“People’s tastes change,” says Richard Ward of Sierra Madre’s E. Waldo Ward & Son Inc. “My dad used to make lots of pickled watermelon. But people don’t use as much sugar as they used to.” His son Jeff nods. “But we still make pickled peaches and other fruits, like kumquats.”
You have to figure that if anyone knows what people like when it comes to pickles, spiced fruits, jellies and jams, these third- and fourth-generation Wards do. Their nearly century-old company makes artisanal preserves and specialty foods -- from traditional pickled fruits to stuffed olives and marinades -- in a small two-story factory behind a stately yellow Victorian house on a residential street in the historic section of town.
If you weren’t armed with the address and warned that E. Waldo Ward’s gift shop, factory, offices -- and citrus grove -- are hidden from the street, you’d miss the discreet little sign. And you’d miss their fantastic array of products such as blood orange marmalade, sweet-tart pickled kumquats or “sliced cucumbers” that are really extra-thin-sliced bread and butter pickles with a subtle bite. The marmalades and preserves are made with fresh citrus peel from the family’s orchard and pure cane sugar, rather than with corn syrup, as most mass-produced jams are.
It’s rare these days to find a family that’s been able to stay in business through four generations, and rarer still to find a gourmet food company that hasn’t been gobbled up by one of the big corporations. For the Wards, it all began with marmalade.
Edwin Waldo Ward was a New York-based food salesman who, like so many at the turn of the 20th century, came west for his health. He bought 10 acres and built a house and barn in 1903, then gradually expanded his holdings to create a 30-acre citrus ranch.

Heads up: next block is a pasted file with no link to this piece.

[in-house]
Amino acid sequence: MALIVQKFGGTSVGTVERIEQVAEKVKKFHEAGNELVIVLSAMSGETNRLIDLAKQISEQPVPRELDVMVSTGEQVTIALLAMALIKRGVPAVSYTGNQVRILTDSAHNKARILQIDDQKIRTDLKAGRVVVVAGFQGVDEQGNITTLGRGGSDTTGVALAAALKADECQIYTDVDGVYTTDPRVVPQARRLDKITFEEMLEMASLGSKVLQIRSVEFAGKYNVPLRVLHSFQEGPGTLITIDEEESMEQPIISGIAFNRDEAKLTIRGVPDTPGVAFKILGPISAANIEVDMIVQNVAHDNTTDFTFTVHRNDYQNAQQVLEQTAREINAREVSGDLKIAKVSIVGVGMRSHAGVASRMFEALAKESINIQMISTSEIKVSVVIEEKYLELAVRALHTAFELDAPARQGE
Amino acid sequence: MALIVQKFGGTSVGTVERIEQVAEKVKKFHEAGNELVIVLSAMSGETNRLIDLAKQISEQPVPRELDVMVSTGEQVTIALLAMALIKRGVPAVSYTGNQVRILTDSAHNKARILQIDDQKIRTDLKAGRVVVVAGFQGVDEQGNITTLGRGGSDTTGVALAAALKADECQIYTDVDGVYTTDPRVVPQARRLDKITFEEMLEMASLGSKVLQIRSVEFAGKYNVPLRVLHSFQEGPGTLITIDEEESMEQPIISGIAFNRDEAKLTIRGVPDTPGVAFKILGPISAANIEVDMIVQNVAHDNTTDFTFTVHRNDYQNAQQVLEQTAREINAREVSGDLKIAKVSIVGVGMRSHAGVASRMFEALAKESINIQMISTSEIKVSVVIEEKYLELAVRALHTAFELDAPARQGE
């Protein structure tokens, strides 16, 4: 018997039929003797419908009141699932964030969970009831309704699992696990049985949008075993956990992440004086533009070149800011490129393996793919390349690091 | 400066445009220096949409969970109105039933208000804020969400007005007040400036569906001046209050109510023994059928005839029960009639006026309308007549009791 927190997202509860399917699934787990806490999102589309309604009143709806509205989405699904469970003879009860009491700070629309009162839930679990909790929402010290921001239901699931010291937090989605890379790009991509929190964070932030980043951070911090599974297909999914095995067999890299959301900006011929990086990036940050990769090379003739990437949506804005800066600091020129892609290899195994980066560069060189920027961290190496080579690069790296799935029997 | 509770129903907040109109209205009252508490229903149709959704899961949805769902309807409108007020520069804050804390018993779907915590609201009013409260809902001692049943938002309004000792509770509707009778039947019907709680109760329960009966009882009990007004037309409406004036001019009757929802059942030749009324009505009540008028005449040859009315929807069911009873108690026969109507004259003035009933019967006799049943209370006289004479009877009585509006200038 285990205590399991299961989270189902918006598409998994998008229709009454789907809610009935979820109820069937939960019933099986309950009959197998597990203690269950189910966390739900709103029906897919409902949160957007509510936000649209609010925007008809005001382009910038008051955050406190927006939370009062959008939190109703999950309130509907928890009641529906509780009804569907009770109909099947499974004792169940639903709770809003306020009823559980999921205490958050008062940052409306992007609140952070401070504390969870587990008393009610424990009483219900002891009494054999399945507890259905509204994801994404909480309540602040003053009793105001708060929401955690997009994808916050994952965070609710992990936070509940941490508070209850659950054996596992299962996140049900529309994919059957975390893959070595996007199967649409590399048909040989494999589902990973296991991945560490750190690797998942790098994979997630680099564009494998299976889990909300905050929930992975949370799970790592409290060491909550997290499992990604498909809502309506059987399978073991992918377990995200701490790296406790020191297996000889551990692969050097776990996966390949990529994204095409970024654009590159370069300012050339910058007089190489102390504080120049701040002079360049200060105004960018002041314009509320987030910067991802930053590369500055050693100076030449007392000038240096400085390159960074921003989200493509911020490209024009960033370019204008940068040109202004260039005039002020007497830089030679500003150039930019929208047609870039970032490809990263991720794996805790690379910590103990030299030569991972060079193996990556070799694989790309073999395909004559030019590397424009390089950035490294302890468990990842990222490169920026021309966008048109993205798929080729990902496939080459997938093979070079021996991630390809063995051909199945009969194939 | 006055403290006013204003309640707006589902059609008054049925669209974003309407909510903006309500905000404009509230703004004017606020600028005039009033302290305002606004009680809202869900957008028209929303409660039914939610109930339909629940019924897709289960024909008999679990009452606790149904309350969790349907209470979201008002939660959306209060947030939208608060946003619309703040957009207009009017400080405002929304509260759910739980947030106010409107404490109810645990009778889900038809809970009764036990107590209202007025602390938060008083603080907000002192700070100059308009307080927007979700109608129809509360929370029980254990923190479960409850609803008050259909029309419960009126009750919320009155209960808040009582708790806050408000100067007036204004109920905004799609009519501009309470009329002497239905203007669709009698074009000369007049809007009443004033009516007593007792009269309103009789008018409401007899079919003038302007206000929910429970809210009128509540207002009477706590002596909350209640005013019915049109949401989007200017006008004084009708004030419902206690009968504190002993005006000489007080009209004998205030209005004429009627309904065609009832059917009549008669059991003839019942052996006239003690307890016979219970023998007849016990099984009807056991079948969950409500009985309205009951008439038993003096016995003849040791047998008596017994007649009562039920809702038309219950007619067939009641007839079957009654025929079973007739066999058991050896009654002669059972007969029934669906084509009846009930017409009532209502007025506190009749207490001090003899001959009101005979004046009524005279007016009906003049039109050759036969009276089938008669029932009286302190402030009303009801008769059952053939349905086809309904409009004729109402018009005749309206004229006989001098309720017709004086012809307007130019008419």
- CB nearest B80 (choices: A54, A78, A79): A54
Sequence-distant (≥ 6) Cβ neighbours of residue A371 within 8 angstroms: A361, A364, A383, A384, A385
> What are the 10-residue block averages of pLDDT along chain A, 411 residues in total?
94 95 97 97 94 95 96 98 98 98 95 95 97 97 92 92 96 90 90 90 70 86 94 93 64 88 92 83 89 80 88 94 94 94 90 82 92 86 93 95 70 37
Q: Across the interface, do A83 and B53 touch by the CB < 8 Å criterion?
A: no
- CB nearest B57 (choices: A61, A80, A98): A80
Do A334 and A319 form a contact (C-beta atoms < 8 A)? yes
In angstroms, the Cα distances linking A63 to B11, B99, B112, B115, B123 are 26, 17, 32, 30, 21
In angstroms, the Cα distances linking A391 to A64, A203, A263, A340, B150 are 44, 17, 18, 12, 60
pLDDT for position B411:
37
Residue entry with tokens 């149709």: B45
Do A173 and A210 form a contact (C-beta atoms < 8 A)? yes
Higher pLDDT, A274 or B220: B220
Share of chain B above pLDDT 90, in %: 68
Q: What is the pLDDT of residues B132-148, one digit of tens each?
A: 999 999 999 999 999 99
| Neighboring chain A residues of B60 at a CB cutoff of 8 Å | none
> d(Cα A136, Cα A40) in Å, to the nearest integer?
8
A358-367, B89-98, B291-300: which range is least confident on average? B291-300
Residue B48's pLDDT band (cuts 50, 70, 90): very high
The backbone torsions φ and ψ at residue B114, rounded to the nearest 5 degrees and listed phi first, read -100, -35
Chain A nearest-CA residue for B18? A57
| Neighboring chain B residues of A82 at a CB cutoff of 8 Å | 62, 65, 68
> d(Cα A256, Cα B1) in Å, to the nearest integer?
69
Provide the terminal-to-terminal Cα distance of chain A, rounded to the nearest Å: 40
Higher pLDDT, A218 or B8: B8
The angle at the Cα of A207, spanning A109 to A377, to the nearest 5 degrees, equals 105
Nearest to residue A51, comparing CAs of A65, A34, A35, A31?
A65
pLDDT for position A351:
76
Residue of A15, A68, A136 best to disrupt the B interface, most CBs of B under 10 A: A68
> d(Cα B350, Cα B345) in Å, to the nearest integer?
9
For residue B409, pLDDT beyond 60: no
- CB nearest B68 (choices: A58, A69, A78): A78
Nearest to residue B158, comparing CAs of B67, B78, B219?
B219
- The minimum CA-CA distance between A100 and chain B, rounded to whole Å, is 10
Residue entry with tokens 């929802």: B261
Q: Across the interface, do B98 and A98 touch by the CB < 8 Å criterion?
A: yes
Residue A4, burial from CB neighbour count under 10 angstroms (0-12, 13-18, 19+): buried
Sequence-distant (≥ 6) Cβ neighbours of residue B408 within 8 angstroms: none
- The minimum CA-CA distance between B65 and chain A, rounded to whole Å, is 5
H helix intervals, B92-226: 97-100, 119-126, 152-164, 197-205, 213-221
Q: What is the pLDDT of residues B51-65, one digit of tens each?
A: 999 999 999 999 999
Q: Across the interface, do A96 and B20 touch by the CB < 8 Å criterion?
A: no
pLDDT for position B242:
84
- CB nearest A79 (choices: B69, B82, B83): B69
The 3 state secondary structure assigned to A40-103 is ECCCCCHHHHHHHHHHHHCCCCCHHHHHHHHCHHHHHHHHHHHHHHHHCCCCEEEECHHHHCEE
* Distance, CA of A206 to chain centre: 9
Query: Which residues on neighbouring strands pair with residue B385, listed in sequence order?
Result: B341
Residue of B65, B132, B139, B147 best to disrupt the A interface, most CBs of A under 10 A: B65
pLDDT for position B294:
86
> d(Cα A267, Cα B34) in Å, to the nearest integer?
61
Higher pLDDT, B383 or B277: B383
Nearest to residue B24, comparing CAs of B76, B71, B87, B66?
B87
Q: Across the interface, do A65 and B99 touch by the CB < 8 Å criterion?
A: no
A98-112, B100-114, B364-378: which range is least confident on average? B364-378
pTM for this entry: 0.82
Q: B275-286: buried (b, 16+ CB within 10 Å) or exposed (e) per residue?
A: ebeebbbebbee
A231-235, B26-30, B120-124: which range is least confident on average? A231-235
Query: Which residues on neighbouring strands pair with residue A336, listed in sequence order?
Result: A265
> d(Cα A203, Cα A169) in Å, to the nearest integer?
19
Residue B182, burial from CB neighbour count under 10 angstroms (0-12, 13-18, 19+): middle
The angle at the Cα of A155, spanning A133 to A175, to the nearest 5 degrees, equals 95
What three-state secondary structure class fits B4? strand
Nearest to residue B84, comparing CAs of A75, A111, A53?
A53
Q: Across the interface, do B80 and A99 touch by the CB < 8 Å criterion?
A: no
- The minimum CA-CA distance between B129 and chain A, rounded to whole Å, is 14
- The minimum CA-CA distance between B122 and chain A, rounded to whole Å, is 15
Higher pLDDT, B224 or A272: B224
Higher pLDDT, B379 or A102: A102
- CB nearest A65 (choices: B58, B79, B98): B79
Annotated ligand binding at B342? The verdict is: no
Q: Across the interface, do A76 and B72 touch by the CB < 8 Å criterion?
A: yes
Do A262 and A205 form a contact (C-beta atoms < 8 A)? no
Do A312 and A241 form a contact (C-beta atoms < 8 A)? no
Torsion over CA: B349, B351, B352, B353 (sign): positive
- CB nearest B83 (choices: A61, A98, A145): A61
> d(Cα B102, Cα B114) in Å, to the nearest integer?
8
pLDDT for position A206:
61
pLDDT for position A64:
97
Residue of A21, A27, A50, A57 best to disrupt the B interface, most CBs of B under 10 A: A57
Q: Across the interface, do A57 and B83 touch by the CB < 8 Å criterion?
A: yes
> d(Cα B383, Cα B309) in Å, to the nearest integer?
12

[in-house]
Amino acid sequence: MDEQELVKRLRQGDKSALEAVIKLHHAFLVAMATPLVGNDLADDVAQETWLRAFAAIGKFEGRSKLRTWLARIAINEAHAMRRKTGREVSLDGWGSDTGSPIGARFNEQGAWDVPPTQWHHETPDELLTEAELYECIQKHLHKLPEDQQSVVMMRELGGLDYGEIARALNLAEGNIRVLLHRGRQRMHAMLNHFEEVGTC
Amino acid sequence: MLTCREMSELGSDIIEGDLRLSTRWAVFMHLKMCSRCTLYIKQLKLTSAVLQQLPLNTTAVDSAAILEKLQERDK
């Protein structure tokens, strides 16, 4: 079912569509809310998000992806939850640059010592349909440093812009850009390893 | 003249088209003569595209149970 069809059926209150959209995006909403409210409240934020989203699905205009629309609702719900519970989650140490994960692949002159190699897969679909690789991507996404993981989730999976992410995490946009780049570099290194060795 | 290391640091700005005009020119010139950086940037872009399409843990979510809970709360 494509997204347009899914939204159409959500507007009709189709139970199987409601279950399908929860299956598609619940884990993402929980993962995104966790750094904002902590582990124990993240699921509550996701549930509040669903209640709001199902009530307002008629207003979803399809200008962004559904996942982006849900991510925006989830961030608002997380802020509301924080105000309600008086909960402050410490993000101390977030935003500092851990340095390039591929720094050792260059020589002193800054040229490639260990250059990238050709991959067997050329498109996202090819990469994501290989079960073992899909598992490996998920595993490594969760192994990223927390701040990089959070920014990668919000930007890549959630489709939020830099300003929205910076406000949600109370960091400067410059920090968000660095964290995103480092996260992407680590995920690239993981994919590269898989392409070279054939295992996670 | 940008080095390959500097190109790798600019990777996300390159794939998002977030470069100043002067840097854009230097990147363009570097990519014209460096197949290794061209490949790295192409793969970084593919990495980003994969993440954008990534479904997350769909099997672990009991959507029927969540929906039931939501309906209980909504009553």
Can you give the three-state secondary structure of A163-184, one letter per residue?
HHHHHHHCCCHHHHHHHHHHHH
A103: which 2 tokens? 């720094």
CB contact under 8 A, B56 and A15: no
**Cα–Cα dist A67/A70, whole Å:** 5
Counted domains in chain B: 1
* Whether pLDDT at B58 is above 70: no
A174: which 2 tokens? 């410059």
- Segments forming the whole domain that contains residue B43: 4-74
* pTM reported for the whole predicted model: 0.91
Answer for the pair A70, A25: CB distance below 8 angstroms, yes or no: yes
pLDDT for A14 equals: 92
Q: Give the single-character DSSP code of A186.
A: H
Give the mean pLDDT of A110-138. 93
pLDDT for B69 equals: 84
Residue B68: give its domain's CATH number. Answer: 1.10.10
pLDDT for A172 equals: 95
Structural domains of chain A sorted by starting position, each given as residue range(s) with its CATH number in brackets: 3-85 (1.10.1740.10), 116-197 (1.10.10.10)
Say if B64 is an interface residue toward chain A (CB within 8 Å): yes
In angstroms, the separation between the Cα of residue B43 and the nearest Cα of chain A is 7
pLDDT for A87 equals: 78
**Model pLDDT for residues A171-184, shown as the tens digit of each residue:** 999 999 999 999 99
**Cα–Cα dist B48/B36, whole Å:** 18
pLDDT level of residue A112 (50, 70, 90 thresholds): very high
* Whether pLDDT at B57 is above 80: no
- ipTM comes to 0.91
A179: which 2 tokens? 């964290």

One of the products Ward had been flogging as a salesman was English marmalade. He decided that marmalade could be made just as well in California, and imported and planted Seville orange trees, the variety used in marmalade.
In 1915 Ward began experimenting with recipes, and in 1917 he built the factory and began making marmalade. His biggest customers were the railroads and Fred Harvey (famous for his restaurants and hotels along the railroad lines), for whom Ward made “ringlet” marmalade, which contained an artful array of round Seville slices.
Walk through the factory today and you’ll find that many of the machines and burners in use could just as easily be in a museum. The nine regular employees work with burners that date from 1915 as well as a 1930 stainless steel citrus-peel slicer with a wall full of accessories.
Some of the products are made in massive kettles, but many of the more delicate items -- say pickled peaches -- are cooked on the antique burners in pots hardly larger than a home-preserver might use. Two of the six kettles date from World War II. They’re shiny clean, constantly in use.
Like the original marmalade recipe. “Nobody complains,” Richard Ward says. “So we don’t change it.”
But then, there is a museum -- a room in the barn where the Wards have stashed the apparatus they’ve outgrown, such as the original machine that capped the jars. On one wall are three vintage citrus crate labels, including an art nouveau rendering of a beautiful woman, her hair floating sensuously around an orange.